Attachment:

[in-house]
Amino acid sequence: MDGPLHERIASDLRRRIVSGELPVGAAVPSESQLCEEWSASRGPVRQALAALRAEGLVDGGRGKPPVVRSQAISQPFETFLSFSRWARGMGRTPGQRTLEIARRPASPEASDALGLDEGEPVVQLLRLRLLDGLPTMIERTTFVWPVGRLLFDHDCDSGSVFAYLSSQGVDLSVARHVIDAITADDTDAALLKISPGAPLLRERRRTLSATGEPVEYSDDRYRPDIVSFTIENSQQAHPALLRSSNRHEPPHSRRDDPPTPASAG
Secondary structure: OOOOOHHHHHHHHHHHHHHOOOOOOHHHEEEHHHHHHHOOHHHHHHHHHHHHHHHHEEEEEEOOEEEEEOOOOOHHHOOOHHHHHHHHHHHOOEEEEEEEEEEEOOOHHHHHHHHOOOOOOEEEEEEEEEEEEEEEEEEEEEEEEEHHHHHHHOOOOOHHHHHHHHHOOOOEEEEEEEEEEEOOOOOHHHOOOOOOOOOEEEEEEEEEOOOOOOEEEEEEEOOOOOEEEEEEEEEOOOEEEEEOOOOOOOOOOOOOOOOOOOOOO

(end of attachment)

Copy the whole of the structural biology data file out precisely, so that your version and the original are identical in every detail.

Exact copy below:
[in-house]
Amino acid sequence: MDGPLHERIASDLRRRIVSGELPVGAAVPSESQLCEEWSASRGPVRQALAALRAEGLVDGGRGKPPVVRSQAISQPFETFLSFSRWARGMGRTPGQRTLEIARRPASPEASDALGLDEGEPVVQLLRLRLLDGLPTMIERTTFVWPVGRLLFDHDCDSGSVFAYLSSQGVDLSVARHVIDAITADDTDAALLKISPGAPLLRERRRTLSATGEPVEYSDDRYRPDIVSFTIENSQQAHPALLRSSNRHEPPHSRRDDPPTPASAG
Secondary structure: OOOOOHHHHHHHHHHHHHHOOOOOOHHHEEEHHHHHHHOOHHHHHHHHHHHHHHHHEEEEEEOOEEEEEOOOOOHHHOOOHHHHHHHHHHHOOEEEEEEEEEEEOOOHHHHHHHHOOOOOOEEEEEEEEEEEEEEEEEEEEEEEEEHHHHHHHOOOOOHHHHHHHHHOOOOEEEEEEEEEEEOOOOOHHHOOOOOOOOOEEEEEEEEEOOOOOOEEEEEEEOOOOOEEEEEEEEEOOOEEEEEOOOOOOOOOOOOOOOOOOOOOO